Posts Tagged ‘When Suzanne Cooks’

Highlights from the Emirates Festival of Literature

March 10th, 2012 8 comments

This weekend was the fourth annual Festival of Literature in Dubai, and my fourth time attending. Yes, admittedly, the novelty has worn off slightly, and my level of enthusiasm wasn’t as high as in years past.

Even so, I left the event feeling inspired by the sessions, the books, and the people I met. Over a period of four days, I attended nine sessions, all at the Intercontinental Hotel at Dubai Festival City.

The highlights:

Day One: I attended Heritage Night along the banks of the creek “under the stars.” (In other words: outdoors and freezing) First up was David Nicholls, scriptwriter, novelist and author of One Day, the bestselling novel recently made into a film starring Anne Hathaway. The session was the right mix of thoughtful interviewer and hilarious speaker. David Nicholls entertained the audience with self-deprecating anecdotes about his days as a failed actor in London. He also discussed the challenges and pressures of following his previous success with a fourth novel. Even this best-selling writer has self-doubts!

Next was Mourid Barghouti, Palestinian poet and author of I Saw Ramallah, a tragic, poignant memoir, which I so appreciated (as did my Dubai-based book club). Barghouti read from his poems and discussed his latest book I was Born There, I was Born Here.

In the four years attending the festival, this was the first session I attended in Arabic. With a headset, I listened to a real-time translation into English. Okay, I realize the job of the translator is hard; they must listen to each word while simultaneous rattling off a translation. What I hadn’t realized was how weird, disorienting and funny it was to hear the translator’s breathless awkward translations overlapped with the Arabic on stage. (My apologies to Mr. Barghouti for giggling during his talk.)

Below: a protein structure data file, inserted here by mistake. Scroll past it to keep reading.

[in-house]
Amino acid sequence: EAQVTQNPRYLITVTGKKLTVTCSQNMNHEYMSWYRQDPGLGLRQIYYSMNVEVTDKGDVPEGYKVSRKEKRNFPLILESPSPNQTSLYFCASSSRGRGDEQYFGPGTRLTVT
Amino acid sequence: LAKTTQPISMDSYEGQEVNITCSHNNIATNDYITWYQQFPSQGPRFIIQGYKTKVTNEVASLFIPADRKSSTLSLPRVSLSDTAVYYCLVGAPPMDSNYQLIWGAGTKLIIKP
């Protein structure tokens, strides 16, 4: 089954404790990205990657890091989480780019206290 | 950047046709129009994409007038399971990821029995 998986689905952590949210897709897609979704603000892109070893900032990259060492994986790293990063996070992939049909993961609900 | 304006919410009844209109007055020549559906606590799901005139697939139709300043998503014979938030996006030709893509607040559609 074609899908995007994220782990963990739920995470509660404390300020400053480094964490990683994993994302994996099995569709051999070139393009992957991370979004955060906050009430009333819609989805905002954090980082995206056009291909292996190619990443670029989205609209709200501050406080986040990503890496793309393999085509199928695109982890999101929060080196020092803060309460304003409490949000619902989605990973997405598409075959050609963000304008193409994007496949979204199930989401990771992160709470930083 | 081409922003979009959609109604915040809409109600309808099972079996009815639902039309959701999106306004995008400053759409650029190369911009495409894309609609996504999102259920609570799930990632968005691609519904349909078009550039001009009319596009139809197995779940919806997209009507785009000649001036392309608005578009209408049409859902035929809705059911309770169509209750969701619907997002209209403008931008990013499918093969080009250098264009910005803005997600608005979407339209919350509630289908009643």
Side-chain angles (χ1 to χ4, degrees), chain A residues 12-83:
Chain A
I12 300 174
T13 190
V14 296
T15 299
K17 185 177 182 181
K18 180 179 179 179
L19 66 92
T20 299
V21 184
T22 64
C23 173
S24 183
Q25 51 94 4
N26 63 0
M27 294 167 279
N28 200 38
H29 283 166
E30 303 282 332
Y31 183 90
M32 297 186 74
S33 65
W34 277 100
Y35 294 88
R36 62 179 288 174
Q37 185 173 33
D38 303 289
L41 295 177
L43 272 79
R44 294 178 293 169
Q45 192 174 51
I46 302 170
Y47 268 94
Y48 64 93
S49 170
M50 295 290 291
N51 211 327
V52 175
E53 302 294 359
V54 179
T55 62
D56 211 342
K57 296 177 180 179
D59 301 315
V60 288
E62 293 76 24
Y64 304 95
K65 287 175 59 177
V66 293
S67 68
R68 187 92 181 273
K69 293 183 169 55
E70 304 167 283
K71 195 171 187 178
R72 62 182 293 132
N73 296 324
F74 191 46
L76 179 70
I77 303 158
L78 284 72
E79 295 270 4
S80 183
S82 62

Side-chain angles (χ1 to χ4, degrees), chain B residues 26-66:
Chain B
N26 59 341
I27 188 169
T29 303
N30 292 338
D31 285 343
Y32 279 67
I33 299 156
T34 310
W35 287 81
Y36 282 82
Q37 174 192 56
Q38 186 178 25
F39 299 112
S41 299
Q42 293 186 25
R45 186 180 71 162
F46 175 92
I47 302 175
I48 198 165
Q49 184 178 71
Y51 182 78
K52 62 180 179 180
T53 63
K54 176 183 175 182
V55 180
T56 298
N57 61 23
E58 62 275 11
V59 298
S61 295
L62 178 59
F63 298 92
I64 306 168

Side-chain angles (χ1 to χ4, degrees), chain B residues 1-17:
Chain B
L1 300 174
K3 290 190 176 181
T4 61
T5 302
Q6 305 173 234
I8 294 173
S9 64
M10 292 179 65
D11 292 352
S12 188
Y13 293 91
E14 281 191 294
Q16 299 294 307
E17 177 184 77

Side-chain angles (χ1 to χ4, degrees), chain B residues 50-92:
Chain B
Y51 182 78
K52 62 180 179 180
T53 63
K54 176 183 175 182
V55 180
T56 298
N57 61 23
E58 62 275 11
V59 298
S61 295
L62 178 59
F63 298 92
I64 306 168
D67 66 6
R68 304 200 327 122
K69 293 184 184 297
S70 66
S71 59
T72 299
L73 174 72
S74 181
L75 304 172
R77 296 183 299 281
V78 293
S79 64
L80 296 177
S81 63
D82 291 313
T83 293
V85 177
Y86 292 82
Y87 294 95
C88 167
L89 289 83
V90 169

Day Two: I attended two panel discussions on Identity, a theme of this year’s festival. The first panel was four men who read from their work and discussed their backgrounds. Most interesting to me was a British-Punjabi poet from London Daljit Nagra, who read a charming poem about Punjabi women traveling from London to India for shopping trips. So, now on my list of must-reads is his latest multicultural poetry collection Look We Have Coming to Dover!

The next panel addressed the theme “Identity Shaped by Heritage.” Of the three writers, I was most interested in Selma Dabbagh, a British-Palestinian writer and author of the novel Out of It. This book has been published in the UK and Qatar, and I was able to pick up a copy at the Lit Fest. However, the book is not out in the US until August. The novel is set in Gaza, London and the Gulf and follows the lives of two young men as they try to forge places for themselves in the midst of occupation.

Day Three: I attended a cookbook launch of a lovely new book on Persian cuisine: Pomegranates and Roses by Dubai-based writer Ariana Bundy. Seduced by the beautiful food photography and exquisite styling of the book, I had to buy it. I look forward to trying some of the saffron rice dishes, as well as the yogurt soup and cucumber salad.

Later, I attended a panel of first-time novelists discussing their journeys to publication. Also on the panel was British literary agent Luigi Bonomi. Most noteworthy was to discover how many aspiring writers were in the audience, and I met a few of them afterwards, which was an extra bonus of the event.

Day Four: I attended a session with writer and journalist Rosie Garthwaite, author of How to Avoid Being Killed in a War Zone. I bought this book thinking it was a memoir about her experiences working as a journalist in Iraq for Al Jazeera. Silly me! The book is actually a practical manual of how to stay alive in a war zone (just as the title says) with chapters on car bombings, kidnappings, and checkpoints. Who knows?! Maybe the book will come in handy.

Finally, I attended two cooking demonstrations. The first demo was conducted by chef, restauranteur, and writer Giorgio Locatelli, who did more talking than cooking, but it was still fun nonetheless to hear him discuss both the tomatoes and mafia in Sicily.